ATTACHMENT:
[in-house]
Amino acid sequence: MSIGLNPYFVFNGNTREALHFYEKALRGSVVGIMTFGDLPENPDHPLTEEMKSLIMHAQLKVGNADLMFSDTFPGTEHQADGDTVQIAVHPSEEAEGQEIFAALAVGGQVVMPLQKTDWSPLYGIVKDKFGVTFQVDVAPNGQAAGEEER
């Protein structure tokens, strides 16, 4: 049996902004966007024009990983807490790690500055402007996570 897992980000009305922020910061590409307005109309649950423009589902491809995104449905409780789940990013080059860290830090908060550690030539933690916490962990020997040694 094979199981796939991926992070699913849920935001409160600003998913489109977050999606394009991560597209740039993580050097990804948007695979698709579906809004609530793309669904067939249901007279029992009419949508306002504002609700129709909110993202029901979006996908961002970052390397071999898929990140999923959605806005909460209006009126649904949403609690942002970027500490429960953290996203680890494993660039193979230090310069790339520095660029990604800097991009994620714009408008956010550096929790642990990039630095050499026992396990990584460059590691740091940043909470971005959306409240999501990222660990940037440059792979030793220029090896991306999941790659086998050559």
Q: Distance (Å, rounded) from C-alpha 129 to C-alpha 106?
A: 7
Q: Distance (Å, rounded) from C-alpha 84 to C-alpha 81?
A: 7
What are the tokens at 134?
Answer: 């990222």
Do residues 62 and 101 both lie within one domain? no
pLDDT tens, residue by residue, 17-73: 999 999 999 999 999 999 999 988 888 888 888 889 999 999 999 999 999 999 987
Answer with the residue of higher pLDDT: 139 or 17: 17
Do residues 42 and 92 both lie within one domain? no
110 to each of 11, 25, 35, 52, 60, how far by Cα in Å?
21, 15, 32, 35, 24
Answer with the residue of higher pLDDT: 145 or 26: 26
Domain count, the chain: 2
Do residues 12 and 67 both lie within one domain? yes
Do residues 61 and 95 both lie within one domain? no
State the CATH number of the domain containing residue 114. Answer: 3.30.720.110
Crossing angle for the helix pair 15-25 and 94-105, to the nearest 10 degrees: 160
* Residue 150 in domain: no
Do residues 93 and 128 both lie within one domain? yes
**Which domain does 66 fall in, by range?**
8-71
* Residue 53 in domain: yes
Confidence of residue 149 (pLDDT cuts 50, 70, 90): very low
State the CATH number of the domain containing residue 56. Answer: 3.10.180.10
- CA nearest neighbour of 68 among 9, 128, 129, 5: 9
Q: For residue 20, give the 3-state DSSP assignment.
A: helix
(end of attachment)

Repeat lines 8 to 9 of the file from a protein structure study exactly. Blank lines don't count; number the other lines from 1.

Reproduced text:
What are the tokens at 134?
Answer: 């990222």